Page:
However, while Hannam’s case was the most extreme, it was only the most high profile of a growing number of men in uniform caught with far-right links. An investigation by The Guardian last year found 16 serving soldiers had been referred to Prevent over the previous couple of years because of their alleged links to far-right activity.

In 2018, lance corporal Mikko Vehvilainen was convicted for being a member of the of National Action. He was one of four soldiers arrested.

The following year, HOPE not hate revealed that two naval personnel, including one who was due to work on a Trident nuclear submarine, were active members of the far-right group Generation Identity. Despite the Navy promising to take action, HOPE not hate learnt that both remained in post two years later.

Looking ahead

The violent far right is part of a growing and more complicated landscape, also involving related movements like anti-vaccine activism and violent misogyny – sometimes linked to the incel (involuntary celibate) movement online, which at times has overlapped with the far right but is motivated primarily by extreme, and sometimes conspiracy theory-minded, misogyny. The shooter who took five people’s lives in Keyham, Plymouth, in August 2021 had expressed incel-related views.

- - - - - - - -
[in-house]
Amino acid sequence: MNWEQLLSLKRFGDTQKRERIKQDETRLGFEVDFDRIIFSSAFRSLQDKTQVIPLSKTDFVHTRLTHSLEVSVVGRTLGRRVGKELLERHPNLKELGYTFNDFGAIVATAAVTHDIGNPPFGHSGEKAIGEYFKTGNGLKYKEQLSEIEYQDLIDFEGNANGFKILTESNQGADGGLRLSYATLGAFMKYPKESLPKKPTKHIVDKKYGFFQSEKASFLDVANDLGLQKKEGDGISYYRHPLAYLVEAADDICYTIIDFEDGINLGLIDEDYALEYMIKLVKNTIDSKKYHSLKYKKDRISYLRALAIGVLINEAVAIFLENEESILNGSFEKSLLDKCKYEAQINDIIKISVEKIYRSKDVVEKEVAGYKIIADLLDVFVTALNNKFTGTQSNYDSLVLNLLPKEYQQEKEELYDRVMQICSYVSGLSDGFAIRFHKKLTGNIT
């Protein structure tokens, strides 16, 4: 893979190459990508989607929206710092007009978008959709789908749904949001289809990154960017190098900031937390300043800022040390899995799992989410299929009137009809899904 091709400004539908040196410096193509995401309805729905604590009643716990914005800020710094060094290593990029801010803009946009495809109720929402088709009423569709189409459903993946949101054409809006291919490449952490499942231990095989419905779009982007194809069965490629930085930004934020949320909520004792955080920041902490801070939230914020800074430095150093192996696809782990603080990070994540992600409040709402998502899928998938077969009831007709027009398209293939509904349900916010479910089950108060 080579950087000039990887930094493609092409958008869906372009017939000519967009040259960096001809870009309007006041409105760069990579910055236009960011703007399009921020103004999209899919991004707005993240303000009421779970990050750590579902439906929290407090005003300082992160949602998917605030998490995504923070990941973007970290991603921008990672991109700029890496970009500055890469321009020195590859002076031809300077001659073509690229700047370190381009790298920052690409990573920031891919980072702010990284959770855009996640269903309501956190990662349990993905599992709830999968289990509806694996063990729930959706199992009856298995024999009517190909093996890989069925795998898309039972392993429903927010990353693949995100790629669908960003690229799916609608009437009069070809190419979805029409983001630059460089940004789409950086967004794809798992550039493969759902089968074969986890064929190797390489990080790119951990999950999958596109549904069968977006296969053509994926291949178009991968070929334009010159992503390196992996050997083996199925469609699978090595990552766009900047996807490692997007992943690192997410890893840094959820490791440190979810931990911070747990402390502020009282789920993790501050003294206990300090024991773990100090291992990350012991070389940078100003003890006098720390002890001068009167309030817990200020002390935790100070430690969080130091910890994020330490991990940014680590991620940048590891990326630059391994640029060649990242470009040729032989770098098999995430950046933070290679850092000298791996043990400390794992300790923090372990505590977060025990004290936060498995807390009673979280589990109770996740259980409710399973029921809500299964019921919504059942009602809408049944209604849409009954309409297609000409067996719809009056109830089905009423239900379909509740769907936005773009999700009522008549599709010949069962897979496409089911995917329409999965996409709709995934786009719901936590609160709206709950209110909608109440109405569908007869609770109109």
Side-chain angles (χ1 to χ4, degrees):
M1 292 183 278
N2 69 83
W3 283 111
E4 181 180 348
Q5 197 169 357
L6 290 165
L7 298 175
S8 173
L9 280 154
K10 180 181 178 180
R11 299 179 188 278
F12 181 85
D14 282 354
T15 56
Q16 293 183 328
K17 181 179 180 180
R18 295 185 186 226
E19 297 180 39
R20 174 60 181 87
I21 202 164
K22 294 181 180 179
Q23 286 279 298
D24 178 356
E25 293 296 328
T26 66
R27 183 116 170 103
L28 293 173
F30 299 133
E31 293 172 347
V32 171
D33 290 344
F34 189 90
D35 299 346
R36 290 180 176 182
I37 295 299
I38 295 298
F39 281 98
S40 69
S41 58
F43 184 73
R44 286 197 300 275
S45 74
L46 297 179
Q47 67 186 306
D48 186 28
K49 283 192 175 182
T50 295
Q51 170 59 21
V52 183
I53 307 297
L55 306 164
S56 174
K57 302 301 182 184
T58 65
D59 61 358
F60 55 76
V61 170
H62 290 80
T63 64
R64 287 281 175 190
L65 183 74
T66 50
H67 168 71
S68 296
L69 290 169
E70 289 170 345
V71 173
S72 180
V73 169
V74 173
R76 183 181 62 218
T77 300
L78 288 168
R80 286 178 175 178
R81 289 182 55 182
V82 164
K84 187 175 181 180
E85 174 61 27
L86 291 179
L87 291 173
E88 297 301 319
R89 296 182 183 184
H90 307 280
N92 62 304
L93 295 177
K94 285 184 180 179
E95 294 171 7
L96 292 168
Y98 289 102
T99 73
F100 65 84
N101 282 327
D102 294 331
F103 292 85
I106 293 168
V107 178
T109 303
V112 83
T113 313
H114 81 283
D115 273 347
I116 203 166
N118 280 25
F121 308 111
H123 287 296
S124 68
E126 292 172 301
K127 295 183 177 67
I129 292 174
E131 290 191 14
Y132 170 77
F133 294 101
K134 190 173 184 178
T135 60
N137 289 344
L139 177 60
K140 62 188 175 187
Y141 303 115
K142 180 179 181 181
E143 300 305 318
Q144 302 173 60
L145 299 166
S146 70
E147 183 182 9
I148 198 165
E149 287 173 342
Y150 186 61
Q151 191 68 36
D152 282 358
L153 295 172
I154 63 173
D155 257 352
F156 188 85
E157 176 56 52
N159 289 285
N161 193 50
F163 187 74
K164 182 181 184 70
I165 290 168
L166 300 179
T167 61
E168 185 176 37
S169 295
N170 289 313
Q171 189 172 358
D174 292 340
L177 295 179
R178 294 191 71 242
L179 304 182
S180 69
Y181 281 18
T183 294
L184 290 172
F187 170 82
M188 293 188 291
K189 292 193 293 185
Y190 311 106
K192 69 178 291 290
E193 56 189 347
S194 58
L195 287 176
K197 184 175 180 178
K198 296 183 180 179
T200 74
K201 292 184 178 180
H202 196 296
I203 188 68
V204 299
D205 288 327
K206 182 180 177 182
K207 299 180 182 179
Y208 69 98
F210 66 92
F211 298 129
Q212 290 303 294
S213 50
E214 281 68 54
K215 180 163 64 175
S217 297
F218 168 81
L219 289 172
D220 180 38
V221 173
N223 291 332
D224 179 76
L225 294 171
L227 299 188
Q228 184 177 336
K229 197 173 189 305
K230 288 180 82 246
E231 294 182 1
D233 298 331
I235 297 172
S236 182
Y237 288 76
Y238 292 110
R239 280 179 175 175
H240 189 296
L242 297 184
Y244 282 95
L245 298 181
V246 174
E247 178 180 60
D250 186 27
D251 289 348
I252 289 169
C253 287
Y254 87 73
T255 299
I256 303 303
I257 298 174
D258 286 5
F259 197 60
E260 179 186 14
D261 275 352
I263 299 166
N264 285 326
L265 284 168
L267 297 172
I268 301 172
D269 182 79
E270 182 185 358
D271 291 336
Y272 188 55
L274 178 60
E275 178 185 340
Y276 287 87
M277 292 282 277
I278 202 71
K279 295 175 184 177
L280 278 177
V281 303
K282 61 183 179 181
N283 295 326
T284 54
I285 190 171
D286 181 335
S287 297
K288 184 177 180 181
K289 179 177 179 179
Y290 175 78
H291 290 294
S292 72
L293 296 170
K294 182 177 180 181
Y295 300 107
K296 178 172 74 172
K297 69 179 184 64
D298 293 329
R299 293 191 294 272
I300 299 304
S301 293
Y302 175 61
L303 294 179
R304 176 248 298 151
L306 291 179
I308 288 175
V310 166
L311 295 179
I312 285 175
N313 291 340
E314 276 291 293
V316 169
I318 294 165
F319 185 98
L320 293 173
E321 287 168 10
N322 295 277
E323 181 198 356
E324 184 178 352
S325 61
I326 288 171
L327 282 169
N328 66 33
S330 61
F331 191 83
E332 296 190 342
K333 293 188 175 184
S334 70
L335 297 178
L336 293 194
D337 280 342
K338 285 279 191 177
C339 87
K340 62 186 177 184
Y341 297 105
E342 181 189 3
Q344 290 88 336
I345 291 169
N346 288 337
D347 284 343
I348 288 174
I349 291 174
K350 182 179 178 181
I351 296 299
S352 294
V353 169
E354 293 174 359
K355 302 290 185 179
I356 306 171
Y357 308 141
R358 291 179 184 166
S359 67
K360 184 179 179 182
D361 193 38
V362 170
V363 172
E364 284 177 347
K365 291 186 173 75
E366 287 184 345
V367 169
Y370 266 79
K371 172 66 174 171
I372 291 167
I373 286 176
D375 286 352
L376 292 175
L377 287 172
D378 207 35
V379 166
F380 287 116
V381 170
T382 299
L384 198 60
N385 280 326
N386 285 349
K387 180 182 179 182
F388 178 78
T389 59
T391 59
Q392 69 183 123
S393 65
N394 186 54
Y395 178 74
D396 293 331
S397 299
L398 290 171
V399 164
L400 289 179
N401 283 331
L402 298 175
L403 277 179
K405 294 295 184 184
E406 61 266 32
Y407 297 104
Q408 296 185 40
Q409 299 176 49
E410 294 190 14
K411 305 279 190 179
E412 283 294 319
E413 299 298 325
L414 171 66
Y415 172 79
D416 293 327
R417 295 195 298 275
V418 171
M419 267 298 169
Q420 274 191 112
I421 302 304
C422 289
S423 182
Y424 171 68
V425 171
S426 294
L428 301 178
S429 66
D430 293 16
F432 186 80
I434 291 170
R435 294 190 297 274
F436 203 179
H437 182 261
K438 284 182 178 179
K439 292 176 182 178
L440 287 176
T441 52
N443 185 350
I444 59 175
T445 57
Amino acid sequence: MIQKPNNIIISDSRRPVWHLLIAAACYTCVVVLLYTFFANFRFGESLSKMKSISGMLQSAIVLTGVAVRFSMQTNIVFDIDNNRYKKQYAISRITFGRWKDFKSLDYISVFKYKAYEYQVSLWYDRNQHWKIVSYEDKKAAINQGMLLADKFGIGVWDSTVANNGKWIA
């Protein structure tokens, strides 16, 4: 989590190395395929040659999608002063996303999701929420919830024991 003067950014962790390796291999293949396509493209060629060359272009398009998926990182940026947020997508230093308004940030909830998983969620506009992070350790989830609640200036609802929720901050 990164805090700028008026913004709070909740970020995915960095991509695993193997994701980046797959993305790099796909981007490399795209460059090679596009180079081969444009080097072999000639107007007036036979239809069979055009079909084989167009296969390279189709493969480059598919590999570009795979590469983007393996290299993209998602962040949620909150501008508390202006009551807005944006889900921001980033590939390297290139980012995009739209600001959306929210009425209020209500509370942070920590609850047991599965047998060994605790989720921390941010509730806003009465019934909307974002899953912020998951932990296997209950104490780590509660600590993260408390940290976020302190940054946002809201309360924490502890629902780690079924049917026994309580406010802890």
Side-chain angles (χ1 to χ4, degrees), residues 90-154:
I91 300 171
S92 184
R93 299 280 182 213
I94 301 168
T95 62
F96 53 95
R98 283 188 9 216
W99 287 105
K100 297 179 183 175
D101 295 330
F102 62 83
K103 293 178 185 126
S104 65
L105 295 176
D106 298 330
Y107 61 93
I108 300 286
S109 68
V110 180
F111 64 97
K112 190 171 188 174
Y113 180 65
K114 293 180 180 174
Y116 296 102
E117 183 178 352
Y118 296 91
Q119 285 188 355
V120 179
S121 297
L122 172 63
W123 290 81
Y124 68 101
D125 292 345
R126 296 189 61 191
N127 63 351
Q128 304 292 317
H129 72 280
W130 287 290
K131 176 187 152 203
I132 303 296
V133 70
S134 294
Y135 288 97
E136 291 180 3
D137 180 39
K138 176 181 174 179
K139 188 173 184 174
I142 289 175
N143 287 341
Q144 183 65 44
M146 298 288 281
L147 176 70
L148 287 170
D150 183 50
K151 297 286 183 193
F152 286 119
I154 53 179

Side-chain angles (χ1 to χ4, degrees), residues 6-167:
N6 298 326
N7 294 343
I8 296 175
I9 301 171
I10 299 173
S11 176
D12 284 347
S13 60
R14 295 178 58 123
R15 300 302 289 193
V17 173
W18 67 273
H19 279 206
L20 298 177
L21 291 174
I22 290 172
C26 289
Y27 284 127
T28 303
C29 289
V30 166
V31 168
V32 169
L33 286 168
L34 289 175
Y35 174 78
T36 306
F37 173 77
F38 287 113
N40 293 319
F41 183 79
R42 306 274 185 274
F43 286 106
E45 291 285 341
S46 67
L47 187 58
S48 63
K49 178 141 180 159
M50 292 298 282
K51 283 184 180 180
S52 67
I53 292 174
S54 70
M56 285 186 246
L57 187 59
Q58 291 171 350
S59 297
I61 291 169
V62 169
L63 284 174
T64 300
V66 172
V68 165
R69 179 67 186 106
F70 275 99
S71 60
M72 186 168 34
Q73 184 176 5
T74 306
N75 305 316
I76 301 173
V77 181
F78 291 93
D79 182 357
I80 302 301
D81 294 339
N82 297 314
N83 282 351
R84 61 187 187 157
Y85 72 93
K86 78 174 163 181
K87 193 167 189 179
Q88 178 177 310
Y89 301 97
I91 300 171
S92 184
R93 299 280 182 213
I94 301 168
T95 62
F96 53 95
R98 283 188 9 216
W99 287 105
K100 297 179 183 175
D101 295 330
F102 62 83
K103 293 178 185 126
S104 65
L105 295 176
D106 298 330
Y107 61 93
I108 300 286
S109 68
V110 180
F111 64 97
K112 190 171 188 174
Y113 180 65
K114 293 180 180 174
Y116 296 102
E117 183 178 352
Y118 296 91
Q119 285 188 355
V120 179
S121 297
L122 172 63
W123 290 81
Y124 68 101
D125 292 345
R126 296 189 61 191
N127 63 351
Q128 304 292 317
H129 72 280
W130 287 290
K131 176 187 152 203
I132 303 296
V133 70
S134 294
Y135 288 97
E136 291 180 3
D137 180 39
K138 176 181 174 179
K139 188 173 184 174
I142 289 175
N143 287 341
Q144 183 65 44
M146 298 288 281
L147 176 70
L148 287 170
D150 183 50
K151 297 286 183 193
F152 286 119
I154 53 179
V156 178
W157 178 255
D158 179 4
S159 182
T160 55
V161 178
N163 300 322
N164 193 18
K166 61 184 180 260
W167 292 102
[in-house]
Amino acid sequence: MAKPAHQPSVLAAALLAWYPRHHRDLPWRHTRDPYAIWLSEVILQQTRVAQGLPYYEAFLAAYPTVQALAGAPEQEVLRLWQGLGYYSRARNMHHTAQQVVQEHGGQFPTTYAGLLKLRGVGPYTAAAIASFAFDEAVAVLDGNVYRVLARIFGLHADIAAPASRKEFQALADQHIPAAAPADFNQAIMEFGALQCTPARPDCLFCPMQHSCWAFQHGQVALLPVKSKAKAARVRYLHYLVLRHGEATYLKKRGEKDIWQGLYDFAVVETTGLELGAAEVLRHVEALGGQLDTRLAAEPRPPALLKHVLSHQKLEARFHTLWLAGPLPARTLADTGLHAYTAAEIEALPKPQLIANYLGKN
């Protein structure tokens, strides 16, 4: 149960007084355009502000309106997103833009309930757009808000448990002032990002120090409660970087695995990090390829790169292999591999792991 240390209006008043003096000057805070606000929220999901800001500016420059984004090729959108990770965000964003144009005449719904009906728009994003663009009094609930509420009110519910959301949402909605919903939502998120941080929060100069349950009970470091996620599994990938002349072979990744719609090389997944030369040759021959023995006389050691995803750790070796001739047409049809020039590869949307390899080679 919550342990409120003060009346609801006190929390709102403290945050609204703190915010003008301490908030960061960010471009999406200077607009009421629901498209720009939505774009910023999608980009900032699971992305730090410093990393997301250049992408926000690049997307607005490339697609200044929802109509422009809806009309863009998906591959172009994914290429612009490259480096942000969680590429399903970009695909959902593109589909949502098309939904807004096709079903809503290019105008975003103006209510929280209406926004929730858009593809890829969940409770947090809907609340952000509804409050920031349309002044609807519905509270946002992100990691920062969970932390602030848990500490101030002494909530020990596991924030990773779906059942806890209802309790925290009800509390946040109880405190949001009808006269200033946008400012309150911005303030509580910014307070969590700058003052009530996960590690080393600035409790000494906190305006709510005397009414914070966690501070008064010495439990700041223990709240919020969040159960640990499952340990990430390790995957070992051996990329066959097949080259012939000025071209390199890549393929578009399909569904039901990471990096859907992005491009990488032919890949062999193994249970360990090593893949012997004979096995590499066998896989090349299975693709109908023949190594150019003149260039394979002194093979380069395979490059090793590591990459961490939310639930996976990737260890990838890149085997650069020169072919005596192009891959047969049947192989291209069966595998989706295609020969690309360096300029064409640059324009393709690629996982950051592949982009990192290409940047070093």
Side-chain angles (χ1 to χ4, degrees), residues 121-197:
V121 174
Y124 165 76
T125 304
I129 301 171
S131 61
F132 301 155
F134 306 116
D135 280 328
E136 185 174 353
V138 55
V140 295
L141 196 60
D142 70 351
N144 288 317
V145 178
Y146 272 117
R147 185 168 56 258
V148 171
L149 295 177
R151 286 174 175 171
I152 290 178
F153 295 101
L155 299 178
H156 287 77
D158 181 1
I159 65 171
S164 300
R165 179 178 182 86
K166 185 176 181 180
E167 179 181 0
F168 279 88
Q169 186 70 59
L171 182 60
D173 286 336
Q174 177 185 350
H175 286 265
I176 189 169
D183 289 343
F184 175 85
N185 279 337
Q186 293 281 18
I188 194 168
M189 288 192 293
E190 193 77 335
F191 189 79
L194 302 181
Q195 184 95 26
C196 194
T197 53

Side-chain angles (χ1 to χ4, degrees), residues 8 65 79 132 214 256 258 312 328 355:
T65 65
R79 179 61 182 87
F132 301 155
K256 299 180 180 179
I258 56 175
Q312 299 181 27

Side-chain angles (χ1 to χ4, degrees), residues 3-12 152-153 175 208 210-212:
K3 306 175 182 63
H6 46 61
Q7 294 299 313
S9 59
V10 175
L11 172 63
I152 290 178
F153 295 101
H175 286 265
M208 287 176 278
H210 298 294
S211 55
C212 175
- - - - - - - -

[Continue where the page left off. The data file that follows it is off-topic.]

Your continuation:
While it is positive that far-right terrorism is increasingly taken as a serious threat by police and legislators in the UK, we cannot simply rely on arrests, convictions and legislation against hate and violence.

Arrests do not seem to have seriously deterred far-right terrorism, either, especially among young people, and while prison sentences take likely violent individuals off the streets, more needs to be done to turn them away from the ideology and, most importantly, to dissuade them from going there in the first place.

More work needs to be done to understand and discourage people from being drawn into violent ideologies. This is a task that likely requires civil society, local community and state to all do their part – as well of course as tech companies themselves.